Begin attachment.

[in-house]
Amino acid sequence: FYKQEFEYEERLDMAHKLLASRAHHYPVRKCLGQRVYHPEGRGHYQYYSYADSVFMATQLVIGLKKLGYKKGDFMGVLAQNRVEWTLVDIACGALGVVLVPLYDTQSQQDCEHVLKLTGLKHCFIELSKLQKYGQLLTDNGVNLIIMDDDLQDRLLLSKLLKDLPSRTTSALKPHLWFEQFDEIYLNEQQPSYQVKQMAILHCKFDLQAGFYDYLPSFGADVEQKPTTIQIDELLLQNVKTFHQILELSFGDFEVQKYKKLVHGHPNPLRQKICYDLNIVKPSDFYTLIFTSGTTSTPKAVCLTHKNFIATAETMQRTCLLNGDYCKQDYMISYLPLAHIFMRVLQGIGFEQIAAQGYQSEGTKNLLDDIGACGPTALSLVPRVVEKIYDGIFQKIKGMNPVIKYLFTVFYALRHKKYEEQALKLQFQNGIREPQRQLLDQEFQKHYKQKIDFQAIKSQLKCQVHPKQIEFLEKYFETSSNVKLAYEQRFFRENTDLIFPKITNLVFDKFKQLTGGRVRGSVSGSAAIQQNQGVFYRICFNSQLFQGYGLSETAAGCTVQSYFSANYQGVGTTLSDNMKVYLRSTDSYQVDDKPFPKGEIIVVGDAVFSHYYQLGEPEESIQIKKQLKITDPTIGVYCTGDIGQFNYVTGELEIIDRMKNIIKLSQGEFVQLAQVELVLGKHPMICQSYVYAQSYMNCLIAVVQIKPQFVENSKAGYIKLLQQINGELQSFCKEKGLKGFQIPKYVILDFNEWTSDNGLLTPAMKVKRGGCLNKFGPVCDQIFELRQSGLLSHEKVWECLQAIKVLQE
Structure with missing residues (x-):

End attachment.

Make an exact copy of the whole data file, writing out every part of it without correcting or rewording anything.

[in-house]
Amino acid sequence: FYKQEFEYEERLDMAHKLLASRAHHYPVRKCLGQRVYHPEGRGHYQYYSYADSVFMATQLVIGLKKLGYKKGDFMGVLAQNRVEWTLVDIACGALGVVLVPLYDTQSQQDCEHVLKLTGLKHCFIELSKLQKYGQLLTDNGVNLIIMDDDLQDRLLLSKLLKDLPSRTTSALKPHLWFEQFDEIYLNEQQPSYQVKQMAILHCKFDLQAGFYDYLPSFGADVEQKPTTIQIDELLLQNVKTFHQILELSFGDFEVQKYKKLVHGHPNPLRQKICYDLNIVKPSDFYTLIFTSGTTSTPKAVCLTHKNFIATAETMQRTCLLNGDYCKQDYMISYLPLAHIFMRVLQGIGFEQIAAQGYQSEGTKNLLDDIGACGPTALSLVPRVVEKIYDGIFQKIKGMNPVIKYLFTVFYALRHKKYEEQALKLQFQNGIREPQRQLLDQEFQKHYKQKIDFQAIKSQLKCQVHPKQIEFLEKYFETSSNVKLAYEQRFFRENTDLIFPKITNLVFDKFKQLTGGRVRGSVSGSAAIQQNQGVFYRICFNSQLFQGYGLSETAAGCTVQSYFSANYQGVGTTLSDNMKVYLRSTDSYQVDDKPFPKGEIIVVGDAVFSHYYQLGEPEESIQIKKQLKITDPTIGVYCTGDIGQFNYVTGELEIIDRMKNIIKLSQGEFVQLAQVELVLGKHPMICQSYVYAQSYMNCLIAVVQIKPQFVENSKAGYIKLLQQINGELQSFCKEKGLKGFQIPKYVILDFNEWTSDNGLLTPAMKVKRGGCLNKFGPVCDQIFELRQSGLLSHEKVWECLQAIKVLQE
Structure with missing residues (x-):